At the start of Tuesday morning’s trading on the commodity market, the price of oil, both light US oil – West Texas Intermediate (WTI) and North Sea oil Brent – showed only a slight daily price increase. According to economic correspondents, investor sentiment remained rather negative, and at the same time their current interest in a more significant speculative purchase of an oil commodity thus remained partially subdued. At present, oil prices fluctuate on the basis of an ever-changing excess of supply over demand or a slight excess of demand over supply.
On 27 October 2020, at 8:41 am CET, the WTI light oil traded at US$ 38.73 per barrel with the current daily strengthening by +0.49% of its price on the New York Mercantile Exchange (NYMEX) commodity market. However, since the beginning of this year, the price of WTI oil has, according to technical analysis, decreased by -31.57% compared to 31 December 2019. At the same time the European counterpart to WTI oil, the Brent North Sea oil, traded on the Intercontinental Exchange Europe (ICE) commodity market at US$ 40.72 per barrel, with a daily appreciation of +0.64%. However, since the beginning of this year Brent crude oil has also fallen in price, amounting to a -33.53% price decrease compared to the end of last year.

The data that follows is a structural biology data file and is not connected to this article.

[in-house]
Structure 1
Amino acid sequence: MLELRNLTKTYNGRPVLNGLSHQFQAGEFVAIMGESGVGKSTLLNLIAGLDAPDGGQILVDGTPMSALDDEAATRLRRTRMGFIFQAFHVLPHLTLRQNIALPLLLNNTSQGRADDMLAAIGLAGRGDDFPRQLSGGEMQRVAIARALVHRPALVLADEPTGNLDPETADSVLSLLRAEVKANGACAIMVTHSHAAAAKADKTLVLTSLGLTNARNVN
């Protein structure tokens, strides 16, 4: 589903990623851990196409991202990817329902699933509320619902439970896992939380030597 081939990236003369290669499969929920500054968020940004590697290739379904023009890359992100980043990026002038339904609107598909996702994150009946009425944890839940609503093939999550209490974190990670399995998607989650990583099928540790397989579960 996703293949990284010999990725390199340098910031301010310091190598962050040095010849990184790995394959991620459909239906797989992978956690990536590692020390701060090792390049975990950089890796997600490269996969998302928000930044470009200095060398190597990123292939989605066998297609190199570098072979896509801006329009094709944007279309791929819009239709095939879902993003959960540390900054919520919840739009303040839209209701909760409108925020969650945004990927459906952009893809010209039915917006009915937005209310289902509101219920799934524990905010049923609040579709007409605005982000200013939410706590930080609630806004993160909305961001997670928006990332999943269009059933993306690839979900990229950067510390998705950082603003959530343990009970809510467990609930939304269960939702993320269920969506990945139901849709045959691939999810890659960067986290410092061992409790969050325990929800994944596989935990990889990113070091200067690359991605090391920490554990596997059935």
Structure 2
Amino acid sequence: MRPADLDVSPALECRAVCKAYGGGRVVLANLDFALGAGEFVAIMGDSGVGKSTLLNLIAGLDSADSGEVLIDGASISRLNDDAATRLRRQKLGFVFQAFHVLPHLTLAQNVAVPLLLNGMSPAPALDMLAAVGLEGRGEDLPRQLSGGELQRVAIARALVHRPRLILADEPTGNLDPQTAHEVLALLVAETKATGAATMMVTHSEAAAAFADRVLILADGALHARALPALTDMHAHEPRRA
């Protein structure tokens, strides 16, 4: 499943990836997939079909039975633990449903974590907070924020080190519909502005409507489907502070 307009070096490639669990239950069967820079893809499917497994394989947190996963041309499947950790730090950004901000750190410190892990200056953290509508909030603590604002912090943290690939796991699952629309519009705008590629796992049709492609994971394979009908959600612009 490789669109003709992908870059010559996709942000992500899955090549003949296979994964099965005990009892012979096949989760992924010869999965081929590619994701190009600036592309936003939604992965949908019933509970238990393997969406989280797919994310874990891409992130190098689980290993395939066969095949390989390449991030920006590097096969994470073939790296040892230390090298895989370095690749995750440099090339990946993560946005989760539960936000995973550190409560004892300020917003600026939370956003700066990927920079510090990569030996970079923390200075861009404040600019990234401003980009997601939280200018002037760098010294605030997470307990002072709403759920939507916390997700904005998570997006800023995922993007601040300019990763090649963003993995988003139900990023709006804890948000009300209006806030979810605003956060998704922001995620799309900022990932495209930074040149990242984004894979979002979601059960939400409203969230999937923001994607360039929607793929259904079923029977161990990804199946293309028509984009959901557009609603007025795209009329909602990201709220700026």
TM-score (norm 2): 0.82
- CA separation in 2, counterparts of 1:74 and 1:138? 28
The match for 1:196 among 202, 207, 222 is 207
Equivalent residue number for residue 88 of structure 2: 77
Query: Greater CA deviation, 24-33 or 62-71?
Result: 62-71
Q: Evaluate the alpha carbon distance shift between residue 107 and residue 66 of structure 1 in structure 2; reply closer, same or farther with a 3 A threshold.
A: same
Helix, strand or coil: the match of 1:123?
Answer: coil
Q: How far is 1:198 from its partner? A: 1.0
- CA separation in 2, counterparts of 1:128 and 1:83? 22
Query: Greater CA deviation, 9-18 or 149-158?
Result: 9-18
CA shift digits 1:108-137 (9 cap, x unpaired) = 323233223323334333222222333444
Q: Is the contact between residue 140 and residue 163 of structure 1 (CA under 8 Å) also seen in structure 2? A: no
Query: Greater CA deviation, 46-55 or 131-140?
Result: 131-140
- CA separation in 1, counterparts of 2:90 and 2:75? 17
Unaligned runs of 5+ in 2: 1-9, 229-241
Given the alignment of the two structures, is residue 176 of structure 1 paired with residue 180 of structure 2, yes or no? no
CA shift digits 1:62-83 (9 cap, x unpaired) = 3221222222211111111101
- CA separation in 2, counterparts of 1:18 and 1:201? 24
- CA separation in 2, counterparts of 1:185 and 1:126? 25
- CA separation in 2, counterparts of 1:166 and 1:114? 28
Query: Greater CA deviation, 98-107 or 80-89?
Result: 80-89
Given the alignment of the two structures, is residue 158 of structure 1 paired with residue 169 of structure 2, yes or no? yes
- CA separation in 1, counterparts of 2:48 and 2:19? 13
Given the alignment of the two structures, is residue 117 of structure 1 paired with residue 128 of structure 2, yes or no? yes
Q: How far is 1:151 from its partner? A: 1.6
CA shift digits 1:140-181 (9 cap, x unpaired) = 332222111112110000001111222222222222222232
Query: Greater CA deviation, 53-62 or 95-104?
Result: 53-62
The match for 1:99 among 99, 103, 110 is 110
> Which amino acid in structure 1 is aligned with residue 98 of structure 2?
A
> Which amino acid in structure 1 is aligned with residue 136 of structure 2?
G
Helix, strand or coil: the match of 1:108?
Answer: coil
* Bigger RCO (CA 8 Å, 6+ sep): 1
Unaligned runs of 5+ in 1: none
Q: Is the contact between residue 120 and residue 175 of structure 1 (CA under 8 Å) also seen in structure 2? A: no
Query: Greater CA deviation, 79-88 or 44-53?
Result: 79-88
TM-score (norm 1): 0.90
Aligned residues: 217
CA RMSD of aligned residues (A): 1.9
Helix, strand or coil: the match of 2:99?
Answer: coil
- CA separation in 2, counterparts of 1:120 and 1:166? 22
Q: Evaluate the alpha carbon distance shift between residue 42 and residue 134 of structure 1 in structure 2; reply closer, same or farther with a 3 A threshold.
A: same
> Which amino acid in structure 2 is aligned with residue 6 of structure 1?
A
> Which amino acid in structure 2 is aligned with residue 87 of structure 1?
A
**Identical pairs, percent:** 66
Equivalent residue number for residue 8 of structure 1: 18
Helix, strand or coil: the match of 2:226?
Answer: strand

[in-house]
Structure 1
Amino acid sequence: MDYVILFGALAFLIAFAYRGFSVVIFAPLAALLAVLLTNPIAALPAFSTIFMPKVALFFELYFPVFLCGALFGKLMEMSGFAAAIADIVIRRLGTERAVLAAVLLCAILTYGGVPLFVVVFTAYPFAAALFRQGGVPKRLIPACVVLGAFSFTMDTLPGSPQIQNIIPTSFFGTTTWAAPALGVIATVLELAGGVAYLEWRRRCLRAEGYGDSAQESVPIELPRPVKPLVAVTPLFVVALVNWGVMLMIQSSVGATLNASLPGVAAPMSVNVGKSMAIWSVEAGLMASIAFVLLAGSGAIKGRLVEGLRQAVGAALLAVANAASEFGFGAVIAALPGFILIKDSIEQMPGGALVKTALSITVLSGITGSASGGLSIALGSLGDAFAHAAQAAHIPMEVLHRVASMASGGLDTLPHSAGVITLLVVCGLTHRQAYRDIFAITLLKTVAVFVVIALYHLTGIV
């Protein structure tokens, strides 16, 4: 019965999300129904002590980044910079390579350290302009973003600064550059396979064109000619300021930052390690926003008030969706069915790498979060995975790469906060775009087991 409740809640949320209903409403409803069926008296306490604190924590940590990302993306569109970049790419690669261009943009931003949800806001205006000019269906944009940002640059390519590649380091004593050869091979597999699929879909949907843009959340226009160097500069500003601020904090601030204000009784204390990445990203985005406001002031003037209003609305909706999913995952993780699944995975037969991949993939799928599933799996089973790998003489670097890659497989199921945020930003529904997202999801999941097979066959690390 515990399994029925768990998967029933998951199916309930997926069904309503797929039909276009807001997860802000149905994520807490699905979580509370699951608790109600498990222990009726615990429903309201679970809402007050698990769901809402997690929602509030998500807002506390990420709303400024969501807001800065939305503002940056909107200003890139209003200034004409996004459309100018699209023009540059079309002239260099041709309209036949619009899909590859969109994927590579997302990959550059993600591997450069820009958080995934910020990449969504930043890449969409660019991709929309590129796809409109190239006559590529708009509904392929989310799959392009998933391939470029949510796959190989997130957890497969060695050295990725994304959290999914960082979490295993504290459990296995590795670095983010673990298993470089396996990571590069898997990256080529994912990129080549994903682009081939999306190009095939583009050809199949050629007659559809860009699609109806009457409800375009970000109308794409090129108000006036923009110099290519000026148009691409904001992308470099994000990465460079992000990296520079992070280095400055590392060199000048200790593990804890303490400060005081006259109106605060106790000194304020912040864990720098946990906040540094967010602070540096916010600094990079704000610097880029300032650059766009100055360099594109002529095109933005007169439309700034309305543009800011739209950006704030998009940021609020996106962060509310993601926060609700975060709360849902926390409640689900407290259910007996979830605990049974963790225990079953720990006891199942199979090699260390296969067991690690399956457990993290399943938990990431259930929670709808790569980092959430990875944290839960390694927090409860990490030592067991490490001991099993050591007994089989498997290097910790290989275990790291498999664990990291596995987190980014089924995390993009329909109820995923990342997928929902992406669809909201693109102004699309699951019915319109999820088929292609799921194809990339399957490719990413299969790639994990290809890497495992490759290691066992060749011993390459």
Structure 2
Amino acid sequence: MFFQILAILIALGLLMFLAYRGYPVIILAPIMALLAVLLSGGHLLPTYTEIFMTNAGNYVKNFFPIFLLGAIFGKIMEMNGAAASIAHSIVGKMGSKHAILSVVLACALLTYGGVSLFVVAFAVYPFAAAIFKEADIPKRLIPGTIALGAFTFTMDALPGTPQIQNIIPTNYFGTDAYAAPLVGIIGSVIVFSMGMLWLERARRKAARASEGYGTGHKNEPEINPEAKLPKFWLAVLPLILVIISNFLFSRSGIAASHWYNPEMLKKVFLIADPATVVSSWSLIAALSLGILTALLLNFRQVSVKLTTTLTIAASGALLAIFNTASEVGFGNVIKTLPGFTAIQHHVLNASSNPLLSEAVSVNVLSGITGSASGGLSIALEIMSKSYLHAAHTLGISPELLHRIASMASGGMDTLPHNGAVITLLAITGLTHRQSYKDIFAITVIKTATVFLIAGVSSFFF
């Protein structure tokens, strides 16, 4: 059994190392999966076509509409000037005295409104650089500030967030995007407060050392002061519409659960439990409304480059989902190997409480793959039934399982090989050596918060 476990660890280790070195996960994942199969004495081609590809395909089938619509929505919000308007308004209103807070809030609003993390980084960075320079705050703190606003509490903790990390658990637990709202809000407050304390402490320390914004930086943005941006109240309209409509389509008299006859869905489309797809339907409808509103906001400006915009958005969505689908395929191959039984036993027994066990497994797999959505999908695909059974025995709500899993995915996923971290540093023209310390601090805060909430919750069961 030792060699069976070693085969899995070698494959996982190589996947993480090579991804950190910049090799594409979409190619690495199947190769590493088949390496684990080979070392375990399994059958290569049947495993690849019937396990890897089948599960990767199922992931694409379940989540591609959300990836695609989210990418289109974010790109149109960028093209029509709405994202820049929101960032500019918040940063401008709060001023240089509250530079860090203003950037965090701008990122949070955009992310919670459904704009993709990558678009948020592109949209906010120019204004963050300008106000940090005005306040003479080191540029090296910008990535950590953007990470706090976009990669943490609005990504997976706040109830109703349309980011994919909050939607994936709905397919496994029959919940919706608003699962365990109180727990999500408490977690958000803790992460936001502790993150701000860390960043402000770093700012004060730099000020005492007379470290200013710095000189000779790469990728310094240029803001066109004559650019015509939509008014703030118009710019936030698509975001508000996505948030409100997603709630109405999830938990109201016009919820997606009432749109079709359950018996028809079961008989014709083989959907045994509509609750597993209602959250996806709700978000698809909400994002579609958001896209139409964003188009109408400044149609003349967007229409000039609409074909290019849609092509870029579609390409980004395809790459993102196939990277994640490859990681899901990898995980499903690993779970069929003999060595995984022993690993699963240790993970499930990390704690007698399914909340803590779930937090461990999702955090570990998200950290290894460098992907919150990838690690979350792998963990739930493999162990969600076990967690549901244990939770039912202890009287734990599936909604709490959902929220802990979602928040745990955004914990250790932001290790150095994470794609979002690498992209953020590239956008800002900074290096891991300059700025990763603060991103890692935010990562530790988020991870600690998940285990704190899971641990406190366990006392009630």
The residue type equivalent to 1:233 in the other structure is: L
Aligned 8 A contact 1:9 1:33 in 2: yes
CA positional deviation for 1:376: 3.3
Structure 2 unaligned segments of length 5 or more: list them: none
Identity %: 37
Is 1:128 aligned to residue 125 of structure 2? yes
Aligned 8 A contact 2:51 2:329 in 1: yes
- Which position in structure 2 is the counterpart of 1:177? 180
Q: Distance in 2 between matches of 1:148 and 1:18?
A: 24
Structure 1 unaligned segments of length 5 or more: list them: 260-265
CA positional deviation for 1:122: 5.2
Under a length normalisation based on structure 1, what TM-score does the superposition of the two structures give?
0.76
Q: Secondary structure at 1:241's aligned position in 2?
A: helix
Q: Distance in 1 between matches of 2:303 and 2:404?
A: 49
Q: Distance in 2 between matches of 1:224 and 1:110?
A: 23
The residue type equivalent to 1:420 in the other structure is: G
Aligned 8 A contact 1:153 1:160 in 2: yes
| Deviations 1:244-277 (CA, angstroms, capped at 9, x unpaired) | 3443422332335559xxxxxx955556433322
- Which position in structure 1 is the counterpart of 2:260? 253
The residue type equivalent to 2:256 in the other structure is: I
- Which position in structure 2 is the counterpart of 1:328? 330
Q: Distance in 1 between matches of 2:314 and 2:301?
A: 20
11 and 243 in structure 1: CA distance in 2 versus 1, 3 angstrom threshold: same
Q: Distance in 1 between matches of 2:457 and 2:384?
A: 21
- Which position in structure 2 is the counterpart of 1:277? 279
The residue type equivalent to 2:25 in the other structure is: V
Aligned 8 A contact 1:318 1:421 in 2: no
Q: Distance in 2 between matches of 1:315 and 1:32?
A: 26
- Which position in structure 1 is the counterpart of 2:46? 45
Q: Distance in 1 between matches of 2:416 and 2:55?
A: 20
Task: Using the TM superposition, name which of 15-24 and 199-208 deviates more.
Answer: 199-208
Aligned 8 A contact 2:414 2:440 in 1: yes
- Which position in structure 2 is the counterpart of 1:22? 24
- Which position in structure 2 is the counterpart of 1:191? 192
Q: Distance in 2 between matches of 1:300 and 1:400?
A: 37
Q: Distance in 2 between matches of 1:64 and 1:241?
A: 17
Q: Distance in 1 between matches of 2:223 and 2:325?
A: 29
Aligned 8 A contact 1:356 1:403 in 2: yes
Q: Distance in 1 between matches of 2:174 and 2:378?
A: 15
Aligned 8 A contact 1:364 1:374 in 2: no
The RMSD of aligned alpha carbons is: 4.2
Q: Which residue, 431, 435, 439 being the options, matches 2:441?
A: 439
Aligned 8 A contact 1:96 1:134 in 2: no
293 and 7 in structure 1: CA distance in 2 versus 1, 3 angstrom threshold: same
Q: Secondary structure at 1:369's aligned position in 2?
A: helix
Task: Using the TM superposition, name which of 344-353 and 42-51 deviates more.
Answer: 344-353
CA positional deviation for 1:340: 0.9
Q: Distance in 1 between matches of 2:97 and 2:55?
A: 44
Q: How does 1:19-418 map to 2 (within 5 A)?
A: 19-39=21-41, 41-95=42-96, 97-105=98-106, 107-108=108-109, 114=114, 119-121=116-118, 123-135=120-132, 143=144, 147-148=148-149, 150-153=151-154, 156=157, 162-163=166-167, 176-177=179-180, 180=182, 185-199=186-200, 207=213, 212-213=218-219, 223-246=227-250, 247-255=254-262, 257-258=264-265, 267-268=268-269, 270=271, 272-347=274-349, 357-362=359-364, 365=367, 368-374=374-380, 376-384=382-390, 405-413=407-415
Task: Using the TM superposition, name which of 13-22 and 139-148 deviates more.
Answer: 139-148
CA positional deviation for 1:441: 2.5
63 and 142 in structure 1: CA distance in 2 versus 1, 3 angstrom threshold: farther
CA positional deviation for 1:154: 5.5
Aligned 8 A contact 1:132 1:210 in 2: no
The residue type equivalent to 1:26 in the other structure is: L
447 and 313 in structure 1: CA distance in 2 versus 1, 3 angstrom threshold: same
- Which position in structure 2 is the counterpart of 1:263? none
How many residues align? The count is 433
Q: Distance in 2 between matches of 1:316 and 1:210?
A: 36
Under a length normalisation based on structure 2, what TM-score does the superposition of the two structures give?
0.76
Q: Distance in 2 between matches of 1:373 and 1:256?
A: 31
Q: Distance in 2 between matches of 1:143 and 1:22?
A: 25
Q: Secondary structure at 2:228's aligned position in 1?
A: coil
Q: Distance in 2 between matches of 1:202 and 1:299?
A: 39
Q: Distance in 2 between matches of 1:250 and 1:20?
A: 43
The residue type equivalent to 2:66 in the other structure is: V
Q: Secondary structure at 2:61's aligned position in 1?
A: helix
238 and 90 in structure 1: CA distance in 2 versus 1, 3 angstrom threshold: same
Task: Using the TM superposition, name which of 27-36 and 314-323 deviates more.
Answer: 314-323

Last week the price of WTI oil returned below US$ 40 per barrel, which, according to economists, does not support the inflation target of 2% set by central banks in both Western Europe and the United States. The Federal Reserve System (Fed) has said it will not proceed if a reasonable excess over two percentage points of inflation occurs. It is the declining prices of oil and thus fuel and other consumption, which is becoming cheaper with the lower price of crude oil that does not create an economically suitable environment for maintaining the current state of the economy, which is then heading into recession globally.
The wave of coronavirus infections, which is currently spreading all around the world and especially in the United States, Russia, France and many other European countries, including the Czech Republic, which is currently the worst affected country in the region, has undermined the global economic outlook and a record number of new cases have forced some countries to impose new restrictions, some of which have a significant impact on the level of oil demand. “We think demand from this point onwards is really going to struggle to grow. COVID-19 restrictions are all part of that,” said Vivek Dhar, Commonwealth Bank of Australia (CBA) commodities analyst. In the fourth quarter of 2020 the CBA expects the US WTI crude to average slightly above US$ 38 per barrel and Brent North Sea crude to average around US$ 41 per barrel.